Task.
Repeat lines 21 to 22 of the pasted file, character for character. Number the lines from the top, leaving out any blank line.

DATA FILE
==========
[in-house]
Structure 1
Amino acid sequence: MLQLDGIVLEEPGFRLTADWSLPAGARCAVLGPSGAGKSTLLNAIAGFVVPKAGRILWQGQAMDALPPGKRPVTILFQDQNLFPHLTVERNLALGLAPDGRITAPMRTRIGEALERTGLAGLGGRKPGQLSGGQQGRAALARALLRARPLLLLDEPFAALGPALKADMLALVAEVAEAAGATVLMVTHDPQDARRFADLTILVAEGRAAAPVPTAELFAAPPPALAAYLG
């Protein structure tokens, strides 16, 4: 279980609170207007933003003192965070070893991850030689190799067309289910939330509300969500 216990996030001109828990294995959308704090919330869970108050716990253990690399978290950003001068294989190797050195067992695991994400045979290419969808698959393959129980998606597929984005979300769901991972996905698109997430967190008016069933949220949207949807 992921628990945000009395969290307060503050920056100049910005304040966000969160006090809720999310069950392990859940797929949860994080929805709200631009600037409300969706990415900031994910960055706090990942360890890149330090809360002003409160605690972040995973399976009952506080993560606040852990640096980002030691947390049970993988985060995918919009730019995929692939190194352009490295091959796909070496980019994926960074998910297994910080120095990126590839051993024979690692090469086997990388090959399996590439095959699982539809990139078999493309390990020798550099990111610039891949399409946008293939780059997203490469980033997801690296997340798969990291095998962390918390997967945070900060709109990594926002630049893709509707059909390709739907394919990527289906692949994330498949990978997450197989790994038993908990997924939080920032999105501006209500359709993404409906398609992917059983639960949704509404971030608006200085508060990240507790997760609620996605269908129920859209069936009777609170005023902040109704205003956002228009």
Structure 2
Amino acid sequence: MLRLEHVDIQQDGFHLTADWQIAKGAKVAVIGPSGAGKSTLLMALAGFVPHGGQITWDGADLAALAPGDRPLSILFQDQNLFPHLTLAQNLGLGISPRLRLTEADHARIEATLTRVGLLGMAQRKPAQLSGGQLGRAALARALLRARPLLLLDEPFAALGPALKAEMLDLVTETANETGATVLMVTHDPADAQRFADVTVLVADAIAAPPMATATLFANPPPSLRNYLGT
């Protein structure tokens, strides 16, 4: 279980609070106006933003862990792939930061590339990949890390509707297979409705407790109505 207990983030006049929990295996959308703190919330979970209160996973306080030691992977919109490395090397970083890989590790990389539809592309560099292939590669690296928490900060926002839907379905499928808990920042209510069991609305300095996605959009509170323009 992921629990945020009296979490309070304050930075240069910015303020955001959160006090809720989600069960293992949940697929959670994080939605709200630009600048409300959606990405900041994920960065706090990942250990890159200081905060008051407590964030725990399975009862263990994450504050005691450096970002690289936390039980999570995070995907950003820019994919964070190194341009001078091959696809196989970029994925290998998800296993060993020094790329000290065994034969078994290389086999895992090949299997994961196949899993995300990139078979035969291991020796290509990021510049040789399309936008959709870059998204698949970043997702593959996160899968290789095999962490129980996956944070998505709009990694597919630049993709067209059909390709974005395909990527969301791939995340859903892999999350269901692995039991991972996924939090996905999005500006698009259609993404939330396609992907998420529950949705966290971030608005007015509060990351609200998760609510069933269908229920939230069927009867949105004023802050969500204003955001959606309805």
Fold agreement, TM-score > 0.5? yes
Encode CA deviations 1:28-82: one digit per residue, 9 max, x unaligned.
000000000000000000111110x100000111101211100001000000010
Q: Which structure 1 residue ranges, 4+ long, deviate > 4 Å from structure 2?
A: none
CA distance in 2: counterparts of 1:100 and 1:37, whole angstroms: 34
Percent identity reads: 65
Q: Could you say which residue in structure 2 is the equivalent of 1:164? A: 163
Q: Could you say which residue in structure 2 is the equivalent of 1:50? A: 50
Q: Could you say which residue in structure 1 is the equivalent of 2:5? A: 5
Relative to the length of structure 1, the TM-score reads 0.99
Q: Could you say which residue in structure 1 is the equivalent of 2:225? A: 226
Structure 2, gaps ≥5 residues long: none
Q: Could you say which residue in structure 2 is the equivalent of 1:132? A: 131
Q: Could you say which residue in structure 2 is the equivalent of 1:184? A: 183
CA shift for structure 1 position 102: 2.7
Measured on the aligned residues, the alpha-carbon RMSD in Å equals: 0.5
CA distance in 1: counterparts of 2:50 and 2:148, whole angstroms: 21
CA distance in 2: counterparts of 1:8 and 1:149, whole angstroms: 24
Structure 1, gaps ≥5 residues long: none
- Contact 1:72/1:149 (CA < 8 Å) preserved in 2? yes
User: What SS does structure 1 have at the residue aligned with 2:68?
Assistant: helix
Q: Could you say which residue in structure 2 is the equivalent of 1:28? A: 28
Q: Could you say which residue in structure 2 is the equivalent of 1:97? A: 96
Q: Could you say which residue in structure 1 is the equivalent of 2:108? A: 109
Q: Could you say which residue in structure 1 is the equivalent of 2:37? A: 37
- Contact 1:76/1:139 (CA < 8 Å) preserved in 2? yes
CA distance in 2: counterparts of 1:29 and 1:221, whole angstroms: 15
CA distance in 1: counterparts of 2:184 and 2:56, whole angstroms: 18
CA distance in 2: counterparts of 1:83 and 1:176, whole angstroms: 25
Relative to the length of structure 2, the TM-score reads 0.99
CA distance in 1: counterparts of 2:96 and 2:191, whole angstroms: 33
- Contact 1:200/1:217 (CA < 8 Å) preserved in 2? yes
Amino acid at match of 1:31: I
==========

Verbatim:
Q: Could you say which residue in structure 2 is the equivalent of 1:132? A: 131
Q: Could you say which residue in structure 2 is the equivalent of 1:184? A: 183